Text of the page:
I've run antibiotics at a slower rate than prescribed

    I have given IV bendryl 25mg instead of 6.25

    I've probably done other errors without realizing, like most of us have
    You didnt really cry for days right?....
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    Quote from FCMike11
    You called a doctor for an order to reinsert an NG tube? Do you call a doctor every time an IV goes bad for an order to put another one in?
    In many facilities it is policy to ring the doctor for a new insertion of a NG tube. Is in my facility. It's not for a new IV insertion but the private hospital next door to our Public one it is policy to ring and ask. Depends on the hospital.

    You didnt really cry for days right?....
    And that comment has no basis to the discussion. How people deal emotionally with a mistake is completely varied. This thread is to have fun and share, to learn from one another not to pick apart how one responded. In my opinion anyway.

    XD Anyway sharing mistakes...hm when I was in my postgrad working on our Medical/surgical floor, I have no idea why, but I completely missed a woman's insulin. I realised four hours later when going to give her lunch insulin. I just stared at it then horrifyingly had to go tell the Co-ordinator and Dr. The resident was 'Why? Whyyy?' He was as stressed as I was, I could only tell him I have no idea, I've never missed a drug before, I gave her everything else. So he had to ring the surgeon to tell him. She was fine but I'd put the poor resident in hot water. Could only apologise and then self report on our Prime system. Bleh was far more anal over medications from then on.
    Last edit by Gold_SJ on May 20, '12
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    First day in LTC- first day as a nurse.

    I pulled out my meds with my preceptor (Right meds! Right Dose!) Double checked everything extra closely (Right time!)... first day ya know- I haven't figured out that I need roller skates to get everything done in time with 30 people. Now, we don't use bracelets or any ID here- because it is a "home", so I asked someone to "Point out Ms XXX, please, I'm new!". The aide happily pointed to one of 15 or so LOLs sitting up at the dining room, and I fed her the pills... (Right route! I'm awesome!)

    My preceptor came around the corner, and asked how it went, and pointed... to someone else. (OH GOD WRONG PATIENT!!) Turns out it was the LOL sitting beside the one that was pointed out to me, they were both in matching gerichairs, both tiny with white hair, and both snuggled up in matching blankets.

    So... I got to fill out my first incident report. Nice. No harm done.

    Absolutely a learning experience.
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    I missed an abnormal EKG on a new admit. He had a change in LOC which caused another EKG which was the same but still abnormal. We ended up doing cardiac markers, etc. His heart issues were old, old, old. But I was still written up -- rightly so, I could have ******' killed someone.
    turnforthenurseRN and Gold_SJ like this.
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    Well, on to making errors with medications. Has anyone here lost their job of being a nurse, well, I am fairly new nurse, grad in august 2011. I made 2 errors over the past months and now I can lose my job. I love my job and am careful, I made a mistake and now if I have any other med errors I am fired! Thats it, don't they realize this is a nursing job and I am being careful, I felt worse than my employer knows and I still am worried that I could lose my job I love.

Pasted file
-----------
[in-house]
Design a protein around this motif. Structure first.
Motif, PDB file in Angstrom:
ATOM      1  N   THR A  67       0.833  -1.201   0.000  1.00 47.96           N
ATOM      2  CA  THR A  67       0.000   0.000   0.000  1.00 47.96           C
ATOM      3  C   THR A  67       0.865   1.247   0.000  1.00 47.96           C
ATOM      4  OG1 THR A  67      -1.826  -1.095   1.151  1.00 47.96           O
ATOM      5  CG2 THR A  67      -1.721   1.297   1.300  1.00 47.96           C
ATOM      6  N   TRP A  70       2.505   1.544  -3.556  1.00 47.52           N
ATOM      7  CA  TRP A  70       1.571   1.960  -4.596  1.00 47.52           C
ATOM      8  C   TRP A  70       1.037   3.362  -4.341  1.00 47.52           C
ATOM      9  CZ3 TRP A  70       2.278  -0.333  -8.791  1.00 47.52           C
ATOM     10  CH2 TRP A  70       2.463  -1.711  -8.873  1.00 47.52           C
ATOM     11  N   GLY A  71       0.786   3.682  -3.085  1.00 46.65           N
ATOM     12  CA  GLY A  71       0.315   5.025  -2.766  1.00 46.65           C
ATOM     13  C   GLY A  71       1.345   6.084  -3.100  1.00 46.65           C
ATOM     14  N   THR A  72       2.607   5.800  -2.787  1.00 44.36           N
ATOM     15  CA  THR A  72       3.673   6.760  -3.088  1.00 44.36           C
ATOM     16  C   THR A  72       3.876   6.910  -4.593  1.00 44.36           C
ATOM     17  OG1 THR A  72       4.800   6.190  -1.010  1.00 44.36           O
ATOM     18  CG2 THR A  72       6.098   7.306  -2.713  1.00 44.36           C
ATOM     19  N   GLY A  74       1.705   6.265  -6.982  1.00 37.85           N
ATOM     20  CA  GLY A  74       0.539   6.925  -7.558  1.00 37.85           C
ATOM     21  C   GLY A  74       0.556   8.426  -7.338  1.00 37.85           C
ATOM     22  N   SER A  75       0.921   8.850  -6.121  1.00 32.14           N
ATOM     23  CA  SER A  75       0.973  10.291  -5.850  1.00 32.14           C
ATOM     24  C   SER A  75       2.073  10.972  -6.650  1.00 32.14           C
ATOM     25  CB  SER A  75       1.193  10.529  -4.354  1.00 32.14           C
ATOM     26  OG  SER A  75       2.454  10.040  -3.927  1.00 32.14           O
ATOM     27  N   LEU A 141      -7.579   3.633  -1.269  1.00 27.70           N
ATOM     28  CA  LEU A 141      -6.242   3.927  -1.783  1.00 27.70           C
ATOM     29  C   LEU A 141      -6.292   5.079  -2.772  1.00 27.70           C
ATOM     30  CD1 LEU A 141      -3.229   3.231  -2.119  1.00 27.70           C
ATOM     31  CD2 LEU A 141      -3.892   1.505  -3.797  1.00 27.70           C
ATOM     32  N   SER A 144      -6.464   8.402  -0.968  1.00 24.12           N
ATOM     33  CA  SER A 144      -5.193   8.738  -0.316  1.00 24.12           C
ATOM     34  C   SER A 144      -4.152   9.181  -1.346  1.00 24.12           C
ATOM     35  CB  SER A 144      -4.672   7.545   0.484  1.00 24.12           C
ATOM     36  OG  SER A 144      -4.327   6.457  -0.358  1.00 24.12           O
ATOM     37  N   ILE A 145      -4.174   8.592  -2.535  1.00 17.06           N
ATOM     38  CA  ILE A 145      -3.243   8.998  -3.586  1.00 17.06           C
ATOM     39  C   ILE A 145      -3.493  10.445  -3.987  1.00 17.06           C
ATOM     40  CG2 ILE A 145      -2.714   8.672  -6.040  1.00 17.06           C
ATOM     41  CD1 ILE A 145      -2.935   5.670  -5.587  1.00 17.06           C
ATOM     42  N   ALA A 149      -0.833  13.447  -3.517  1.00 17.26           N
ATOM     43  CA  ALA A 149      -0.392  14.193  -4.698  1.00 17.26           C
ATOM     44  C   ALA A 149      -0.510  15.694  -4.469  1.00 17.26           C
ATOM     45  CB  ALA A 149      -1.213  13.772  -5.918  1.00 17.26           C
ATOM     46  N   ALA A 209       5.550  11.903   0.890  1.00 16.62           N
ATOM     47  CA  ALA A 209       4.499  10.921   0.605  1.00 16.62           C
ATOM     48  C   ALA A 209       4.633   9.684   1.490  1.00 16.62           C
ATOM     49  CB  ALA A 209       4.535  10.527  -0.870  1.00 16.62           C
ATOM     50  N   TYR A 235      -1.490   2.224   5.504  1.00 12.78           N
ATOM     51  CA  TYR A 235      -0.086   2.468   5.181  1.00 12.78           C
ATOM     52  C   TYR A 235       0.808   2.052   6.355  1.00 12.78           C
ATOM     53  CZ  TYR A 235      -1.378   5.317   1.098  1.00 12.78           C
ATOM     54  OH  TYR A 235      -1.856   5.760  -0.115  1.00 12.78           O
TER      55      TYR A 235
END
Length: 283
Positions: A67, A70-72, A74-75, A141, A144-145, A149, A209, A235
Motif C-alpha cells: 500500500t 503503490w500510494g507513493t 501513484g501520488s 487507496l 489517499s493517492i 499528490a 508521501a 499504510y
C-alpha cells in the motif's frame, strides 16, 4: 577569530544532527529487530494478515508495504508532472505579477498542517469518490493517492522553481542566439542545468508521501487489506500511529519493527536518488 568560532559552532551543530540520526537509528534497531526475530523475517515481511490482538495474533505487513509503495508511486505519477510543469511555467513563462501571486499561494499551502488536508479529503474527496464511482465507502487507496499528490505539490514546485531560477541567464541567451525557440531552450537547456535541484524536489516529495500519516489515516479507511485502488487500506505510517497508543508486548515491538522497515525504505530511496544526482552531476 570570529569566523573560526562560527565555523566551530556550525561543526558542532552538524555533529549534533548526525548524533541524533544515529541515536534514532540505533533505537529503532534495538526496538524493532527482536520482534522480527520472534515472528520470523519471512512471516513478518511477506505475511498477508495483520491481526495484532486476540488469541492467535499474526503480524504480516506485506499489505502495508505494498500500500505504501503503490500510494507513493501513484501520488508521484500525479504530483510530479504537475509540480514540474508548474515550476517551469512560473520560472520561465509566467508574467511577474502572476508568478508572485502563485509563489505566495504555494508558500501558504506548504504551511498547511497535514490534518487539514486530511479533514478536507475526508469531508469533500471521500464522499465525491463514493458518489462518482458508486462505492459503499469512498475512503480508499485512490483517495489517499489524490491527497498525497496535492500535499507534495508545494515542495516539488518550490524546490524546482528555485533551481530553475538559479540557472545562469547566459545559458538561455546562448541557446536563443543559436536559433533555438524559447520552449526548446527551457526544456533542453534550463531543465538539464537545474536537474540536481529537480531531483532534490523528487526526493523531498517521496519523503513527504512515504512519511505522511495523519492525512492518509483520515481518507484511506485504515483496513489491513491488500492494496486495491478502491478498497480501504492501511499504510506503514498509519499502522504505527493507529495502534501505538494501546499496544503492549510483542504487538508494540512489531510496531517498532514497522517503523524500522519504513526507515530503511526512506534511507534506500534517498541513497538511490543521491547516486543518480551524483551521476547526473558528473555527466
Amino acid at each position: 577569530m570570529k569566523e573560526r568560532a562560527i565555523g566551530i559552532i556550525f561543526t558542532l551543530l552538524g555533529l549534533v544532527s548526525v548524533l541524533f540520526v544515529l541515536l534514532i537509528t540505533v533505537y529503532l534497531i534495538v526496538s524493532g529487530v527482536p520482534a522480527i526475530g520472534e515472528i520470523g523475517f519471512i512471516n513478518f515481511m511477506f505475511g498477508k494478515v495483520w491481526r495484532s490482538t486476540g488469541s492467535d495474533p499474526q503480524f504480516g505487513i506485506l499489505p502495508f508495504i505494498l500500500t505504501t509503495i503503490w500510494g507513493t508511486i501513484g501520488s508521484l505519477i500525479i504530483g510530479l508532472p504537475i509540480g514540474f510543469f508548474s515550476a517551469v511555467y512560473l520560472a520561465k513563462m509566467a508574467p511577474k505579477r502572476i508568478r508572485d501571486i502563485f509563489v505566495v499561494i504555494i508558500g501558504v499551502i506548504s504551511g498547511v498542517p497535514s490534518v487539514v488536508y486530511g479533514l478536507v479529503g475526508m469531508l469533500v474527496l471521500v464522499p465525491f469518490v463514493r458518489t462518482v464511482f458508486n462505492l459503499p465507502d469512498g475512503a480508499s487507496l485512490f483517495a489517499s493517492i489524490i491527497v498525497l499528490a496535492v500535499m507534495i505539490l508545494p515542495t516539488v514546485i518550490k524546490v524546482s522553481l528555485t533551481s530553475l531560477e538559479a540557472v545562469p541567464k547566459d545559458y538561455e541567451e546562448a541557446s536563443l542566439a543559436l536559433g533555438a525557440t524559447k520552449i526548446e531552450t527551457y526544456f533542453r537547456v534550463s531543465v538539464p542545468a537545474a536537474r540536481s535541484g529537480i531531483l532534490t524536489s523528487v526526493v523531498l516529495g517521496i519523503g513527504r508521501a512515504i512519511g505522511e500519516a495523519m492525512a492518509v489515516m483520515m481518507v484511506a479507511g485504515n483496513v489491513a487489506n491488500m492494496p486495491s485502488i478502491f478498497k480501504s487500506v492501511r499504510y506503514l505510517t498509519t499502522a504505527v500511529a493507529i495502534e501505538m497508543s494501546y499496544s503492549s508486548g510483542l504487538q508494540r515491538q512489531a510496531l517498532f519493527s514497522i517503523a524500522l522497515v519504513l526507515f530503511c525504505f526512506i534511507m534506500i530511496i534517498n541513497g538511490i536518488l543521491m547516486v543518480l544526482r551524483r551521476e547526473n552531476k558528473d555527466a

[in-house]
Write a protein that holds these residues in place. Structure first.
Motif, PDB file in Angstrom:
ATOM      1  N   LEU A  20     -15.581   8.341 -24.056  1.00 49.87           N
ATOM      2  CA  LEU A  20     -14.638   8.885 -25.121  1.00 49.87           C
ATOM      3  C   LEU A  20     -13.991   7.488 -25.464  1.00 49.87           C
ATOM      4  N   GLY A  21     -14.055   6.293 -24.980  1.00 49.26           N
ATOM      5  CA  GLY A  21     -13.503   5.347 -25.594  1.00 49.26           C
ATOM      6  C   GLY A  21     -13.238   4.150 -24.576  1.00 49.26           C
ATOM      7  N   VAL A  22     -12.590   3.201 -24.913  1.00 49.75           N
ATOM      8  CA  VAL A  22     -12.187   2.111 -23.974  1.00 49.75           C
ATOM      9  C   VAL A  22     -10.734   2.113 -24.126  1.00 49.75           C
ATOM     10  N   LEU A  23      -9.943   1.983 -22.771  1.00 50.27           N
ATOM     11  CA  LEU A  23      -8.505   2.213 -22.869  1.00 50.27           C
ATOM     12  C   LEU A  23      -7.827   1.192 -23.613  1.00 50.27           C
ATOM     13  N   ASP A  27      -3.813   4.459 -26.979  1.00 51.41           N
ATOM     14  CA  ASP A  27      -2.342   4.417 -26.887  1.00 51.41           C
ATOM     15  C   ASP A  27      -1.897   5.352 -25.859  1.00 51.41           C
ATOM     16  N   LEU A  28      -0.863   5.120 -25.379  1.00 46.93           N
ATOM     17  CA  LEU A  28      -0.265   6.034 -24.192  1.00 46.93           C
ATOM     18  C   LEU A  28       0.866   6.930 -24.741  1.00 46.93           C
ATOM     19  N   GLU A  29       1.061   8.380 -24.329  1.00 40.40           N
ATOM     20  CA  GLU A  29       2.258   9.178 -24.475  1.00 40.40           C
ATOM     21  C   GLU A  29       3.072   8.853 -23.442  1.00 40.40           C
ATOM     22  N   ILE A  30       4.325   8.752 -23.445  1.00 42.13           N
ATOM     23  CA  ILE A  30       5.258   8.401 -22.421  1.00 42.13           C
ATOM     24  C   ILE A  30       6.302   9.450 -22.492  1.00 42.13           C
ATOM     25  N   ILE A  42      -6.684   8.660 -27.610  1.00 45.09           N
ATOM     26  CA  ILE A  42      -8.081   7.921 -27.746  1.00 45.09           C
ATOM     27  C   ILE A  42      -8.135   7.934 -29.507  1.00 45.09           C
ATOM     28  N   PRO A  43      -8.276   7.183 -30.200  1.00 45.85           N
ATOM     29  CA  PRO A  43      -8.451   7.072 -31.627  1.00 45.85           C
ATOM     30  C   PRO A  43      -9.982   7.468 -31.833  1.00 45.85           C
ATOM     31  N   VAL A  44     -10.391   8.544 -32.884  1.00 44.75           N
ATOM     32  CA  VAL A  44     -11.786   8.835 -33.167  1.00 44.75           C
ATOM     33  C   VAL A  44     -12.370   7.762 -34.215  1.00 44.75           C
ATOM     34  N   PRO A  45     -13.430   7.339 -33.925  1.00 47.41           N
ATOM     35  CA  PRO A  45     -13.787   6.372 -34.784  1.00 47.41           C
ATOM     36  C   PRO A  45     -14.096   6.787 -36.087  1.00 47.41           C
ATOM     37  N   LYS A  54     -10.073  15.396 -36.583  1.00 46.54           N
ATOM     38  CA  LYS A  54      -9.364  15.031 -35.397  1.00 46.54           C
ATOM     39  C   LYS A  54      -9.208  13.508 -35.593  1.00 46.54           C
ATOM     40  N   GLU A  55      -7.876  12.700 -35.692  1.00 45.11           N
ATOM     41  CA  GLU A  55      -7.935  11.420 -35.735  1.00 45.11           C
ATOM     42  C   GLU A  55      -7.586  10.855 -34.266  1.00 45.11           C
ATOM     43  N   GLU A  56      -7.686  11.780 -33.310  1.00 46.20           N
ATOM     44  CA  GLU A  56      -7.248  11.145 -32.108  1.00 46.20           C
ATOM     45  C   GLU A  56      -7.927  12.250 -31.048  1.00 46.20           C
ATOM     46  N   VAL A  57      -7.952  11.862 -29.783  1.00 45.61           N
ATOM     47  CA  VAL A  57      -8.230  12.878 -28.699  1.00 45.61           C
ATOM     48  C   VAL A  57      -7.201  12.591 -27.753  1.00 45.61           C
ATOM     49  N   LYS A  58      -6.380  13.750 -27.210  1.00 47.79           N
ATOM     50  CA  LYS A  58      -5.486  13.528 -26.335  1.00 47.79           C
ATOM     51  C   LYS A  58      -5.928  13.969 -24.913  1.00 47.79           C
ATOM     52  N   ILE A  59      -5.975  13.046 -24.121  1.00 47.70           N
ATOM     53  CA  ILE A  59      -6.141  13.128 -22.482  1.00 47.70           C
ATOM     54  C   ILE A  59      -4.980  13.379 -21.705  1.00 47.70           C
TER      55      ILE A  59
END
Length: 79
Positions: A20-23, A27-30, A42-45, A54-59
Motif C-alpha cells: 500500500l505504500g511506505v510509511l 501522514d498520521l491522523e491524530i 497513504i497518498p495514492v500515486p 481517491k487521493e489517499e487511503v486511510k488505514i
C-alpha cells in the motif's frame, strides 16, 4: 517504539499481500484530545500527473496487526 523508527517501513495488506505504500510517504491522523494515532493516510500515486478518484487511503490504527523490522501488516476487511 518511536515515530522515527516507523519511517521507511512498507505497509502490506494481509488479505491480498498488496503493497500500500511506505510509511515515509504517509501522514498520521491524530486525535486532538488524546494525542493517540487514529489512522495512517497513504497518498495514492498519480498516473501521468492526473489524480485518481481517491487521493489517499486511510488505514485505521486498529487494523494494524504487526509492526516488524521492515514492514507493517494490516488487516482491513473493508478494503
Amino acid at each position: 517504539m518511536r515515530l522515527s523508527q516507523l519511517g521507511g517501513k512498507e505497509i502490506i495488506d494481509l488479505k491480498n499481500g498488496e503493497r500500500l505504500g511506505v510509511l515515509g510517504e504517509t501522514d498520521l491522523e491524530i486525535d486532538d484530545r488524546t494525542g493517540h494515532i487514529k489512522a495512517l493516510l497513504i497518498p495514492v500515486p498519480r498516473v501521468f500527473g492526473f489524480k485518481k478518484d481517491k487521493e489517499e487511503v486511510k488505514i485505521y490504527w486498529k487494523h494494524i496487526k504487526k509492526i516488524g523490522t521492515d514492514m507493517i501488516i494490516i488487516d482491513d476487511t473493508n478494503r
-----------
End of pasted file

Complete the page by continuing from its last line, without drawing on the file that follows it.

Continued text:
What to do? Be perfect at everything or just keep beating myself up over this?
  8. 0
    My latest bonehead mistake was not putting in an admission order (in addition to the diet, activity, meds, etc on an ER admit). Sometimes admitting or the physician enters that particular order, so I go out of the habit of checking it. Sigh. You can bet I'll always check it now!
  9. 0
    I really biffed it today. I'm in my last quarter of nursing school & have tried to be zoo careful about checking stuff before I do things. I was working with a nurse on the renal floor & I flushed 5ml NS into what I thought was a Central line, which it is, but it was for dialysis..CRAP! The nurse was right at the bedside too, and I thought she was listening to me talk about how different the ends look from other lines--has a dead-ender instead of a MAP...I should've listened to the little voice in my head saying "hey, don't flush that", but I didn't. I got 5ml in when the nurse said "that's a dialysis line!" and ran out. I knew right then I biffed it so I put new dead enders on & waited for her to return. She came back with a mask on, withdrew blood & reloaded the one flushed port with heparin. Her concern was that I didn't have a mask on. I had to tell my instructor & she was not too upset, because I fessed up right away & she stated that it will be a learning experience as I will remember this forever. The nurse had to fill out an incident report & the other nurses stared telling me stories about their mess-ups...I know the biggest risk is infection, but I was treating it like a central line without a mask.
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    I was working on a TCU unit that was always crazy busy. Often, I would start my med pass early so that I wouldn't be behind. One day I gave coumadin a half hour before it was due. After I administered the coumadin, the NP came to me and stated she just rec'd the residents' labs and wanted to change the dose starting today with repeat labs in two days.
    I told the NP I already administered the warfarin and it was too late to start the new dose. She said " you gave it this early"? I was embarrassed. My NM was right there listening to the whole convo ( thank goodness). NP had to rewrite all the orders, thankfully no harm was done. From then on I always made sure to check to see if labs were done before administering warfarin.